Sorry Jerky… but I`m alread wearing the lightest possible jacket and pants. Still waaaay too hot on most days even with the vents. I usually end up going uphill in base layer only and pants rolled up into shorts. I liked the idea someone mentioned in another post – zip off pants 🙂

  7. Dan March 9th, 2015 2:43 pm

    Nice TR. Is there anything to say about the forthcoming Patagonia “AT ski clothing”…more than one photo, or is that a secret?

  8. John March 9th, 2015 2:50 pm

    I skied there in December. There is some great terrain, plus getting to see Yellowstone Park in the winter is unique.

    It is a great place to take a group of people in which some ski, some may want to snowmobile, and some just want to enjoy the park with it’s wildlife and scenery. There are also over 300 ice climbing routes in the area.

    Ben is a great guy!

  9. ty March 9th, 2015 3:38 pm

    a blog post is presented about what is likely the most rad place to ski tour in the lower 48, and most of the comments are about jackets. sheesh

  10. Lou Dawson 2 March 9th, 2015 4:38 pm

    Ty, you’ve got a point. But. You want to lead off with something other than a jacket comment (grin)?

    Me, I’m fascinated by a place where I could park my sled in front of my house, hop on, and be ski touring pristine backcountry in minutes? Is that what it’s really like there?

  11. Patrick Fink March 9th, 2015 4:59 pm

    What kind of rope are you using in those ski cutting shots?

  12. John March 9th, 2015 6:01 pm

    Cooke City is “sledneck city” for some of the winter. Don’t know the exact dates, as many factory teams test there. You may be awakened in the middle of the night by a high revving sled.

    Yes Lou, you can park them at your front door, and access a lot of the area via mining claims. Need to look at maps for legal access though. Many sleds venture into non-motorized areas to the East of Cooke City.

  13. Coop March 9th, 2015 6:03 pm

    Thanks for the comments all!

    Lou,
    Yes you can sled through town and ski from town or sled from town and ski from there

    Patrick,
    That rope is the 6mm mammut rappel cord.

    All the rest,
    I will cover all the gear in a post this week. Check back in!

  14. ty March 9th, 2015 6:55 pm

    Yes, that is what it is really like there. You don’t even have to use your sled, cause the touring right outside of town is great. The two trips I have had this year were incredible. Low avy danger, fresh snow, lines of a lifetime.

    A year ago I was there in late march. It snowed continuously for the entire 4 days I was there….I parked my sled in front of the hotel and toured from town each day. In the morning i toured south of town for a while, skied back to town, had lunch and sat in the hot tub, and then went for an evening ski north of town, shredding incredible turns through people’s back yards, and finishing the line by doing a drop onto main street. That is Cooke in a nutshell. The slednecks can be a bit annoying and down right dangerous if they are highmarking on a line you are climbing or skiing, but that aspect of the experience is a little overblown, and they can be avoided if you venture into the wilderness areas, which is not hard to do.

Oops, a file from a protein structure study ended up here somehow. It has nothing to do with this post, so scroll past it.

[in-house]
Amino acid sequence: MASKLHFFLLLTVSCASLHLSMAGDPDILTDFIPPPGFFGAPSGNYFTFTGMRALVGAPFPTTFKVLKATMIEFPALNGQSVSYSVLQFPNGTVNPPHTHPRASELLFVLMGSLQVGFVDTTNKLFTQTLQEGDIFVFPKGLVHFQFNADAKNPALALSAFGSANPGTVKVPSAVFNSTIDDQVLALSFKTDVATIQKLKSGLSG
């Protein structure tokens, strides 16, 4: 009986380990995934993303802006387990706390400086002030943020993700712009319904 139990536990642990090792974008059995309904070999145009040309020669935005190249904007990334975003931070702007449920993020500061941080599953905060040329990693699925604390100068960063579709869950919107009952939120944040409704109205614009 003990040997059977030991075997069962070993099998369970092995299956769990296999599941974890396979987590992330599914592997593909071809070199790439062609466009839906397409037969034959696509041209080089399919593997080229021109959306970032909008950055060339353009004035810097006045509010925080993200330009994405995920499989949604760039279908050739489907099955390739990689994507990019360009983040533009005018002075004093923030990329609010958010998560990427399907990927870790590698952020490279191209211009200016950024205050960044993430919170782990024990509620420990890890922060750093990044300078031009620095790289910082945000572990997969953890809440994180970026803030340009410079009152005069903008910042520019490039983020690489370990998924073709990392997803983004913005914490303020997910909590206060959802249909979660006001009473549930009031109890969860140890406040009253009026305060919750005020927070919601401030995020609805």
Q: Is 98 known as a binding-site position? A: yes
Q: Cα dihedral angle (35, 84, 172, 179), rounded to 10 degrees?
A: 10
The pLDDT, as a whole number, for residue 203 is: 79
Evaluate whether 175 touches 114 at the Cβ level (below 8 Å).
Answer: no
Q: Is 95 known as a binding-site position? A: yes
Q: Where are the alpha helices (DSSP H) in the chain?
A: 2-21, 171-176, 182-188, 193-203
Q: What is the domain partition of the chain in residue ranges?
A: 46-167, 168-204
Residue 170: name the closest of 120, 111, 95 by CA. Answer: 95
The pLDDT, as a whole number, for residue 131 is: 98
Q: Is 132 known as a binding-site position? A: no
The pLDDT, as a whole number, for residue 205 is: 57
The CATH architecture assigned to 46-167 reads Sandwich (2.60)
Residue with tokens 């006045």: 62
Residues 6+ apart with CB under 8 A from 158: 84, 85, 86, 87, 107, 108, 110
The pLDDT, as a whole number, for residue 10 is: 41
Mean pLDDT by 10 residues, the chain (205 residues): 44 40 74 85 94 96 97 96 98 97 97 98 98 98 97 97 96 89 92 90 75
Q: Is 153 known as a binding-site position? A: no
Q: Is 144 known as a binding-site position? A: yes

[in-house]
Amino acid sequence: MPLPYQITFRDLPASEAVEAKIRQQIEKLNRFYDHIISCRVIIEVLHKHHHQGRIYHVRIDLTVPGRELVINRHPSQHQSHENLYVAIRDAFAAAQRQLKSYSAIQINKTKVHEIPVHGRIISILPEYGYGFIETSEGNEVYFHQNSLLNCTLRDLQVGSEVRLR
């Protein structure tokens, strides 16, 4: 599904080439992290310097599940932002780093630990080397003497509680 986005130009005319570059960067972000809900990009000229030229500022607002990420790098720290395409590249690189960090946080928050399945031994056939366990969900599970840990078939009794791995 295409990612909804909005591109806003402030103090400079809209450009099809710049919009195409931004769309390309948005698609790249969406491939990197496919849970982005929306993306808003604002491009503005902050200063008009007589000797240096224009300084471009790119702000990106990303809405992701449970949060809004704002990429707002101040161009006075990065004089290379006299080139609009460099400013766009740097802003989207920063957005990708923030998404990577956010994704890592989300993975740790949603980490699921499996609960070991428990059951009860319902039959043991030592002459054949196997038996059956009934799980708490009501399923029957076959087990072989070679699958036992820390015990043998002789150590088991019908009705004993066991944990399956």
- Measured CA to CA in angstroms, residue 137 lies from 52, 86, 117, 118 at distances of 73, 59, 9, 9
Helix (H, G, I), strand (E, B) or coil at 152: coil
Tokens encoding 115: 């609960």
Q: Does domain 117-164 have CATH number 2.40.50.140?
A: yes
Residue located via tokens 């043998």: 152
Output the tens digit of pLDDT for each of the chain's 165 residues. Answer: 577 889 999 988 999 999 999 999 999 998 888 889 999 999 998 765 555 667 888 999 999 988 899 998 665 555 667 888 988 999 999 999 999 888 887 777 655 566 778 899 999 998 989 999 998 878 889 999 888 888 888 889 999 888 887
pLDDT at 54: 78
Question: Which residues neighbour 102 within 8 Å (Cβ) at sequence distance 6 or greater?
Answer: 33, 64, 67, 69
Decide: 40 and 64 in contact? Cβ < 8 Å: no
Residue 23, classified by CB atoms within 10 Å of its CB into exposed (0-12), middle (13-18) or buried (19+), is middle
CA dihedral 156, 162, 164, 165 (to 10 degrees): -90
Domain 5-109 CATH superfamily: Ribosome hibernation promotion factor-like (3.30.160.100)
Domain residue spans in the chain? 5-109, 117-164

A few other things. Cooke is the wild west. It is where the highway ends (literally) and you are just as likely to ski with wildlife as you are to ski with other skiers. It is a very special place that is kinda under the radar for now, but the snow fall is legendary, and the terrain is unreal. I suspect it will only grow in popularity with the touring crowd despite how far out of the way it is. 3 weeks ago there was a group of sled-snowboarders there filming with high dollar cameras. I have seen some cool edits pop up on the interweb the last few years, so the secret is out in some respects…

  15. Lou Dawson 2 March 9th, 2015 7:55 pm

    The next Japan!

  16. Ted March 10th, 2015 7:18 am

    Let’s be clear. Cooke is not under the radar nor has it been for quite sometime. @ty, Im guessing your frame of reference is small but it continues to grow each year both with snowmobiles and skiers and has only been fueled by a certain bankrupt business owner and a blogger.

  17. ty March 10th, 2015 11:26 am

    Beau’s blog is rad. Its the best ski-photo blog ive ever seen….when i say it us under the radar Im comparing it to other places that ive regularly skied over the last 10 years, and Cooke is relatively unchanged compared to The Wasatach, Bridger Bowl and Teton Pass. Those places are a lot more busy and overrun by skiers. Cooke really is not, especially south of town

  18. Trent March 10th, 2015 5:22 pm

    Jernej,

    “I usually end up going uphill in base layer only and pants rolled up into shorts.”

    What’s wrong with that?

  19. gringo March 11th, 2015 5:59 am

    I’ll give another thumbs up to Cooke City. Epic terrain, and a wild west feeling thats has been all but erased in gentrified UT, WY, and CO ski hotspots.

    Not sure that it will ever get too big considering how long it takes to get there, I mean a 10 hour drive from SLC ( for example) is pretty long for most people.

  20. See March 14th, 2015 8:36 pm

    Looks fantastic, but where the women at?

  21. Coop March 14th, 2015 8:40 pm

    See,
    I couldn’t agree more. There were several women planning to be on the trip, but coincidently various things came up.

    It would be great to have that perspective on Patagonia gear as well as the trip! Kt Miller was there briefly – behind the lens as per usual.